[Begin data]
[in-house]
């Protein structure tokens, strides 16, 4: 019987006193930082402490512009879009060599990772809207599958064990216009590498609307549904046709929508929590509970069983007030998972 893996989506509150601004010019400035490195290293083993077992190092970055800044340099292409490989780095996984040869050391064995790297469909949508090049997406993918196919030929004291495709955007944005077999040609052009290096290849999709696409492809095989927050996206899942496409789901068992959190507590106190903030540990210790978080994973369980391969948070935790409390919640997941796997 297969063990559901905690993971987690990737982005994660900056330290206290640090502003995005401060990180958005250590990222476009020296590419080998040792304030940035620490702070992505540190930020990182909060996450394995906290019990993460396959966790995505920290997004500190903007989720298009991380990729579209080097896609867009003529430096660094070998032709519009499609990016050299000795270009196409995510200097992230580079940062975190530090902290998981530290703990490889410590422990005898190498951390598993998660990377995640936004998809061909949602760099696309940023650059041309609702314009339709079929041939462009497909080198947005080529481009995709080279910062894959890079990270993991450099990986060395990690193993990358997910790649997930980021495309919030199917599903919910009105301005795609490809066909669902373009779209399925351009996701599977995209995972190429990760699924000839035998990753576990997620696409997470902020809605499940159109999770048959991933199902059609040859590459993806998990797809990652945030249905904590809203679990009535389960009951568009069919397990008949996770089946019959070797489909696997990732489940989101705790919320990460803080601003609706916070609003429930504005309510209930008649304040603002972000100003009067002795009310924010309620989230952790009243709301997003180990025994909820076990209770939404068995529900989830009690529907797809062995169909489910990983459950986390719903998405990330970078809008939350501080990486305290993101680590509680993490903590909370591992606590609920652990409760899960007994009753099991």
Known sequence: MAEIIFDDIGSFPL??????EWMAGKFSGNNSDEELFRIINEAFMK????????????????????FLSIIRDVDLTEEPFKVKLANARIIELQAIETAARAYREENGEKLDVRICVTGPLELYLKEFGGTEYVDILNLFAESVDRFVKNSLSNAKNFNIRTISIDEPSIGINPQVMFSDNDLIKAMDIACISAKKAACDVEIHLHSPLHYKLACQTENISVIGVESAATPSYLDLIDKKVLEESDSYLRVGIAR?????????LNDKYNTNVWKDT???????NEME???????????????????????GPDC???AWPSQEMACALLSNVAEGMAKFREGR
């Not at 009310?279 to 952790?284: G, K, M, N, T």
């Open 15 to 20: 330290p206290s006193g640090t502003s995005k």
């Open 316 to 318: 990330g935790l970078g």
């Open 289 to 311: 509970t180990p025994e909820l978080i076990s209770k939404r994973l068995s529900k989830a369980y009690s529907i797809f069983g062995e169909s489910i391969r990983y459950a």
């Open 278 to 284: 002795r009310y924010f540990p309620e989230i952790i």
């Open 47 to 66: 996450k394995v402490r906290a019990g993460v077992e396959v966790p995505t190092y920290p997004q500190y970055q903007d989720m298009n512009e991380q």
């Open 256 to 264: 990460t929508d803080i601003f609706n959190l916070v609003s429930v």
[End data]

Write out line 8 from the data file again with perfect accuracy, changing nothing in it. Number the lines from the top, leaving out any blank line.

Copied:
């Open 278 to 284: 002795r009310y924010f540990p309620e989230i952790i």